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A quote from Ten chief executive Hamish McLennan, supports this idea that media ownership has the ability to dictate the success and diversity of various networks widespread; “just further distort an already uneven playing field”. From this it can then prevent the rights to broadcasting sports over a variety of channels.

So where is this leading? Commonly, we focus on the owners of different media platforms and how they have the ability to dictate what is presented. Although I have found that the government can be a form of media ownership, and their abilities to change regulations instantaneously effect the freedom of broadcasting example sports on different media channels. It is evident that the diversity throughout the media is declining although it is not only occurring internally but also externally.

Orange or Orange?

In science, experiments are conducted in order to decipher the relationship between cause and effect. When the media release an advertisement or image relating to a current issue, society view and react.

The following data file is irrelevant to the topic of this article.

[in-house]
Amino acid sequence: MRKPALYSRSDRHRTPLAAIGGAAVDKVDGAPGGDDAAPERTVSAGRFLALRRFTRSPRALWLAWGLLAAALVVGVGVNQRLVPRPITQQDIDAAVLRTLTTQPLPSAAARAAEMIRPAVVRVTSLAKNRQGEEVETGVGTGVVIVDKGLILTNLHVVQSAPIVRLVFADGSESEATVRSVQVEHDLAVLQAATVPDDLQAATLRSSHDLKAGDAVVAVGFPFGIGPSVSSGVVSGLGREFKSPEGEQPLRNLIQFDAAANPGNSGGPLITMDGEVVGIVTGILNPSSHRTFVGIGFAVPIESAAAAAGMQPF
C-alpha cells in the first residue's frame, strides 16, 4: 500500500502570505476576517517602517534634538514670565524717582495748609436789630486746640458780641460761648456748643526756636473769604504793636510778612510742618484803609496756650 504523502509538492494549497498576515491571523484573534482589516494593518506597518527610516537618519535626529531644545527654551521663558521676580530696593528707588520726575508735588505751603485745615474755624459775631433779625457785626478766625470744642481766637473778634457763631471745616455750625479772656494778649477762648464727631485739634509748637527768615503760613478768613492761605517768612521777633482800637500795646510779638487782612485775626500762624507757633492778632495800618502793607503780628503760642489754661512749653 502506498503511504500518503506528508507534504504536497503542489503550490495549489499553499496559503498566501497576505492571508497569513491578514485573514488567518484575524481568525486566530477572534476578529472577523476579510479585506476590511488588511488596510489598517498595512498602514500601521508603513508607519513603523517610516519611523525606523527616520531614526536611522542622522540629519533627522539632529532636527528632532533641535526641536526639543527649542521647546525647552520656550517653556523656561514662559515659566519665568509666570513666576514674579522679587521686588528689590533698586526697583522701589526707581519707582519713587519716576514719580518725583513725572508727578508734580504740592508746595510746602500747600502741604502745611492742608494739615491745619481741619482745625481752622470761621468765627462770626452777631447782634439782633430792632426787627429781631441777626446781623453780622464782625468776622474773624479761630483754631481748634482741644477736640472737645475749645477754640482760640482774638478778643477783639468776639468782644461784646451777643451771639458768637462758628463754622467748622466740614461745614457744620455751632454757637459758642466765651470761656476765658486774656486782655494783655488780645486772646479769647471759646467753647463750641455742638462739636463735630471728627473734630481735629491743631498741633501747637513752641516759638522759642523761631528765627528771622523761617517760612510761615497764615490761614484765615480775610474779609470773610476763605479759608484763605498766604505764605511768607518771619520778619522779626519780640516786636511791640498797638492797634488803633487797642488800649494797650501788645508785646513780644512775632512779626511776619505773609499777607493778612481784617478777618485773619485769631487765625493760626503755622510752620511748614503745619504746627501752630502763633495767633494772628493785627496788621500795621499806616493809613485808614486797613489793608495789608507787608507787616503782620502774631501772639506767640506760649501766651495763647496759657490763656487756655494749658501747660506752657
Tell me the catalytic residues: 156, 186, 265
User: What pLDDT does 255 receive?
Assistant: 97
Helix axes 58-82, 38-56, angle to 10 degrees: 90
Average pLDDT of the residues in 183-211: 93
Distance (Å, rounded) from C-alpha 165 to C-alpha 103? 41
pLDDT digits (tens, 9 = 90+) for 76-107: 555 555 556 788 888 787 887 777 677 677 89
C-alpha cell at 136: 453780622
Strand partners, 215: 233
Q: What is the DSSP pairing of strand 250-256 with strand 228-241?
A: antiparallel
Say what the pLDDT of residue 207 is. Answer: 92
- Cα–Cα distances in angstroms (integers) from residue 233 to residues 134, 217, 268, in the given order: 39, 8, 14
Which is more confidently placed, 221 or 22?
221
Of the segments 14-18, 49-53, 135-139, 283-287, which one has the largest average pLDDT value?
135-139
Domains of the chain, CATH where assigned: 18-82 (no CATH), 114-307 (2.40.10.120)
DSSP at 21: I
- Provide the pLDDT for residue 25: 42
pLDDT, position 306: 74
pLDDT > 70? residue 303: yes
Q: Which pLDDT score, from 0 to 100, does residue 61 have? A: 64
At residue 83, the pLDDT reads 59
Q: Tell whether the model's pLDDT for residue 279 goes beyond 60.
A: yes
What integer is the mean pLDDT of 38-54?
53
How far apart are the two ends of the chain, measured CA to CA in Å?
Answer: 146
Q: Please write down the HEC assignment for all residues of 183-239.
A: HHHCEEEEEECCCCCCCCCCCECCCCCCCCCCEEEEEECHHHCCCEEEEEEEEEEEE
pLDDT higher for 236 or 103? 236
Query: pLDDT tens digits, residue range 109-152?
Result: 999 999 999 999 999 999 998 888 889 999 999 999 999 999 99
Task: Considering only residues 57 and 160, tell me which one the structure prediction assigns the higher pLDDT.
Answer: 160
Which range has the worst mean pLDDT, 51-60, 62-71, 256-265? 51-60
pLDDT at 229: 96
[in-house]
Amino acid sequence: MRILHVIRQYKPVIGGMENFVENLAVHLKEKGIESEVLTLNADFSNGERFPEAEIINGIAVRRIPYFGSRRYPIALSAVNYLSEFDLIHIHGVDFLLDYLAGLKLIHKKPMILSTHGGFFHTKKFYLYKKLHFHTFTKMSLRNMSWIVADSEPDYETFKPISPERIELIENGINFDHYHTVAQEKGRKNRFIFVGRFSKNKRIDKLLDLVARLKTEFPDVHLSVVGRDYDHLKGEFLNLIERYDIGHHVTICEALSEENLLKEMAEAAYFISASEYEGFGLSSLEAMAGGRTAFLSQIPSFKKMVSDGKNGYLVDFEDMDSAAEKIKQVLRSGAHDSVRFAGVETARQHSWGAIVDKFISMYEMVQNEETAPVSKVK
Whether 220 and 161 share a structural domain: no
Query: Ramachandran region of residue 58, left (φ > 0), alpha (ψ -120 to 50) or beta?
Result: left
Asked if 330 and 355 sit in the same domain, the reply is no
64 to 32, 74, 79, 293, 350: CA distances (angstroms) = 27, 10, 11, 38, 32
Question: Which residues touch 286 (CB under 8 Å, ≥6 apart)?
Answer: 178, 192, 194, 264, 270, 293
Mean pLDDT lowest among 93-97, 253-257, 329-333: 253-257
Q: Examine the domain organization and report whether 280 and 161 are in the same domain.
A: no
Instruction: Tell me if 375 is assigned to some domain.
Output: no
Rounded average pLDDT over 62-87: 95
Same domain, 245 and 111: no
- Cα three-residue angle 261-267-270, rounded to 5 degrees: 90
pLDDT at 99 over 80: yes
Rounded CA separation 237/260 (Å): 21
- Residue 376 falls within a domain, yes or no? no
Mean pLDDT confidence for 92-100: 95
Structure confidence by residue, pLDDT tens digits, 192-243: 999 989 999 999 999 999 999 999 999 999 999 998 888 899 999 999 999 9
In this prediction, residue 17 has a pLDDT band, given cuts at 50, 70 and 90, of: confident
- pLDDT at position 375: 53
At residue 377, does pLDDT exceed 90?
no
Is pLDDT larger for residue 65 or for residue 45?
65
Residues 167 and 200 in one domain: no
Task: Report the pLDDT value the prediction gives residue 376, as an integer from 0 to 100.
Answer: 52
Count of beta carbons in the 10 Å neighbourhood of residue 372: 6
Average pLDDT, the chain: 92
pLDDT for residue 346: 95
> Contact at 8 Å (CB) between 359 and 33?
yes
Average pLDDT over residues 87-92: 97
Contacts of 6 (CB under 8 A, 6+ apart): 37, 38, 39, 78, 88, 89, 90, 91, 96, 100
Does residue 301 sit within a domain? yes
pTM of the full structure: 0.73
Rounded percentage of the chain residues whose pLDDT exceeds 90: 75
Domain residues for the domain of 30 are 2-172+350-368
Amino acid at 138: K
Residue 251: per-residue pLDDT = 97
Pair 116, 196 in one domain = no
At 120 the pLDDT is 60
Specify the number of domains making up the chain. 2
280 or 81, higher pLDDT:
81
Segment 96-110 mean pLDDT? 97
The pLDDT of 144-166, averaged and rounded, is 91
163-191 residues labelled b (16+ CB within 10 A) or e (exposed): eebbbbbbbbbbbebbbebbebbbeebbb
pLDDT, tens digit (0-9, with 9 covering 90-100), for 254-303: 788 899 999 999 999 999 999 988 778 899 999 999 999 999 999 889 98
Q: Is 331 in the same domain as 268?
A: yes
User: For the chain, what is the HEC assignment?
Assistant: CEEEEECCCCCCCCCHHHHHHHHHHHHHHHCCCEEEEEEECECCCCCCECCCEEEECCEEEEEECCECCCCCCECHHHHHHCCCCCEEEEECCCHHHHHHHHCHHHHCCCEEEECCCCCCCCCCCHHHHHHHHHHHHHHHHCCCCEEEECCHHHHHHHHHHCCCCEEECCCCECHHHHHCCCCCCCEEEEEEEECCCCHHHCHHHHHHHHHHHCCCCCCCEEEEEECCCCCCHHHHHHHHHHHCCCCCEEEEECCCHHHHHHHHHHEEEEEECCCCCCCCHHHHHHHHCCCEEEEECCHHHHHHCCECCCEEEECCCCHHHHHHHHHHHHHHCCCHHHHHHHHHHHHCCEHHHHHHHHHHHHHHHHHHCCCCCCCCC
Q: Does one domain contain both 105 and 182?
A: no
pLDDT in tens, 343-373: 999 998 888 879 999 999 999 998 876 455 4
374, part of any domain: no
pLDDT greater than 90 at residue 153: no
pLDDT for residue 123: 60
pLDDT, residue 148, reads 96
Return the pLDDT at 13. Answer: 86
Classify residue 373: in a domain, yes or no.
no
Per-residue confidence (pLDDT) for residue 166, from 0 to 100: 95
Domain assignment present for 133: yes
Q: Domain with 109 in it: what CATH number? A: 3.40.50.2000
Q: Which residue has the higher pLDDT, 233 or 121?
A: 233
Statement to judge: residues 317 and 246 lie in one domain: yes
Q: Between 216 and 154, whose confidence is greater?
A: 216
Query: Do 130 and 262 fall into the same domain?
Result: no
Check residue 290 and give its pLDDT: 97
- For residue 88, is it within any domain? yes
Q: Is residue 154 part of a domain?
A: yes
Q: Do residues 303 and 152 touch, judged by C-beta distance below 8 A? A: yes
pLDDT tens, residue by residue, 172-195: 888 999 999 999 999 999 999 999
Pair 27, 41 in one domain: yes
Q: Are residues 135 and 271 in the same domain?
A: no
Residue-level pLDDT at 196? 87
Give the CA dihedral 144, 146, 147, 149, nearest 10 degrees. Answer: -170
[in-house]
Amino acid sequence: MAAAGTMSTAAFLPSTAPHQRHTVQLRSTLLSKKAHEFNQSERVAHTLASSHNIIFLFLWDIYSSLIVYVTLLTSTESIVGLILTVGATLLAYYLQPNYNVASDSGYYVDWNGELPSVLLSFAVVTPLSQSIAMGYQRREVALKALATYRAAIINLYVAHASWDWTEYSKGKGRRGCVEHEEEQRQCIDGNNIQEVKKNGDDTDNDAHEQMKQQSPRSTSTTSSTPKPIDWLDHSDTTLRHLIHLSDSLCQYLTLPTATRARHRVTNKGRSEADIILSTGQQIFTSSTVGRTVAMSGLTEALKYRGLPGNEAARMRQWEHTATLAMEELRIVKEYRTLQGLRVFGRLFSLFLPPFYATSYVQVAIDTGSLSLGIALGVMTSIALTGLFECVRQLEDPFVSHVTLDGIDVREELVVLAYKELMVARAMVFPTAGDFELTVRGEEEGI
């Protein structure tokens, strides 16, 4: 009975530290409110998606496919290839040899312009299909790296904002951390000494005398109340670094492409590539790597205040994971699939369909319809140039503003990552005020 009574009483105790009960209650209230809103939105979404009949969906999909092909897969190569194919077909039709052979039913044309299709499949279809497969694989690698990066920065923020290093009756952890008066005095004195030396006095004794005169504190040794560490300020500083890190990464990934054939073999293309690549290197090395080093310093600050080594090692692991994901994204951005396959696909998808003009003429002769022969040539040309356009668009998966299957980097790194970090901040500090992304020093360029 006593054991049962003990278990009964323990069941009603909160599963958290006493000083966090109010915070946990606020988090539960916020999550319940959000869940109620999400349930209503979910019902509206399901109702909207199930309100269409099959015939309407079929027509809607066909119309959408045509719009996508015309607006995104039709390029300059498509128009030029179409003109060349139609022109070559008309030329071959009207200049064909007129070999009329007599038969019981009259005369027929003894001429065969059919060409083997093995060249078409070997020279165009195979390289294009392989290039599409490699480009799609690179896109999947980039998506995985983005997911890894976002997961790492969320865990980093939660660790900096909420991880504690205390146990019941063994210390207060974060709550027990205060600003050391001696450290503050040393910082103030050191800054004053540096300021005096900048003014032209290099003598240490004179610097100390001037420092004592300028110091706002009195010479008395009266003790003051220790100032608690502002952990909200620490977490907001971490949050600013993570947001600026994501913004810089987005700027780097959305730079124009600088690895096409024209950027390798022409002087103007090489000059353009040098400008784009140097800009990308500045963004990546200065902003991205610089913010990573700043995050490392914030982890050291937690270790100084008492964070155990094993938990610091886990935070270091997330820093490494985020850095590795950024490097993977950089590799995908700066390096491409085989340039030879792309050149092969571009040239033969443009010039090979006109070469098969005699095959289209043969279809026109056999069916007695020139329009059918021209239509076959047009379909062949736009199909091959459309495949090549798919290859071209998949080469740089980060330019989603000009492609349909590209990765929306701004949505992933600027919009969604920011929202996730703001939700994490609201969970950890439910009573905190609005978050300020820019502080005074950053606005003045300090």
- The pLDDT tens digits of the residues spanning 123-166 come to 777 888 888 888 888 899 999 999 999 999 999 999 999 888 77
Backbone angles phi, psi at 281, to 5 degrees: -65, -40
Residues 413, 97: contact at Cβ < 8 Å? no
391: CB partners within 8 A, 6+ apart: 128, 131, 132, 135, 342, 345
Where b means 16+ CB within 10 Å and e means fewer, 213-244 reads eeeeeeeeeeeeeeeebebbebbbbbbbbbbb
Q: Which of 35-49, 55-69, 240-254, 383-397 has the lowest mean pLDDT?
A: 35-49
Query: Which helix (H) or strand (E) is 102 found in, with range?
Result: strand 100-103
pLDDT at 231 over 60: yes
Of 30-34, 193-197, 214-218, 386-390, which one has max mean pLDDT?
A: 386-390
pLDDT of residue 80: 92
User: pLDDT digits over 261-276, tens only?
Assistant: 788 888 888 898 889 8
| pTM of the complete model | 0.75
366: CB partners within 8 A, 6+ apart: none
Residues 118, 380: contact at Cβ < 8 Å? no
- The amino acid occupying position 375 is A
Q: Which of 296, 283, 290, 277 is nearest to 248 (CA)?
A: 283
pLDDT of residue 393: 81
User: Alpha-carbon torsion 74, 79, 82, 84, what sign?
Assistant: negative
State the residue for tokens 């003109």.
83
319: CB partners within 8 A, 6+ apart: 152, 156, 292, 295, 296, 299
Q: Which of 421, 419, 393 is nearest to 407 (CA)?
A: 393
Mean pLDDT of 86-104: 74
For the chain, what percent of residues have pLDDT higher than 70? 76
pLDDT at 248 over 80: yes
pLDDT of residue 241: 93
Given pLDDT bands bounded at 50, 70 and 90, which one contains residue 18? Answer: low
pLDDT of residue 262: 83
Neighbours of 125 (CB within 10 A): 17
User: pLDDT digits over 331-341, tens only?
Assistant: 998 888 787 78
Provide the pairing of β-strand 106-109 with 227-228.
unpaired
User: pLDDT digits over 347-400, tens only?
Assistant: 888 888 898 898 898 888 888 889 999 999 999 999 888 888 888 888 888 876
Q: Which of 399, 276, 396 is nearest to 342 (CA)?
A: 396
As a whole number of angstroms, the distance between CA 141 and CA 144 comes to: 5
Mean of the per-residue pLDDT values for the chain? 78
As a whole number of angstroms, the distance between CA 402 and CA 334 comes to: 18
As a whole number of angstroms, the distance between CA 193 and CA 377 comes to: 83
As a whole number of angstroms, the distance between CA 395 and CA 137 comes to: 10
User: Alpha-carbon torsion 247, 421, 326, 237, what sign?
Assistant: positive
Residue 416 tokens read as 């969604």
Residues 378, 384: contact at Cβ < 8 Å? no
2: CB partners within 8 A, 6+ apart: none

During my last year of high school, for my Society and Culture major I chose to study ‘the commodification of breast cancer research’. Sitting through this weeks lecture, the topic of discussion was Semiotics. As Sue began to explain the concept of semiotics and showed different examples, I realised that this concept can be related to the way Breast Cancer is advertised and how different sorts of people interpret and react to what they see. Looking at the example of the Dior ad staring Kate Moss, and the discussion that was brewing in the lecture theatre I became inspired to write about Breast Cancer advertising.

Although before I begin, I understand that Breast Cancer is a serious issue for women in Australia. Breast Cancer advertising is insightful and successful in conveying the importance of the disease and I completely support its effects on society. Therefore my example is not to fault Breast Cancer campaigns or offend, it is something that I have found from prior and current research.

So, lets get into semiotics. Semiotics can be broken down into ‘denotations’ and ‘connotations, which simply is the literal figure in an image and the way society interpret what they see.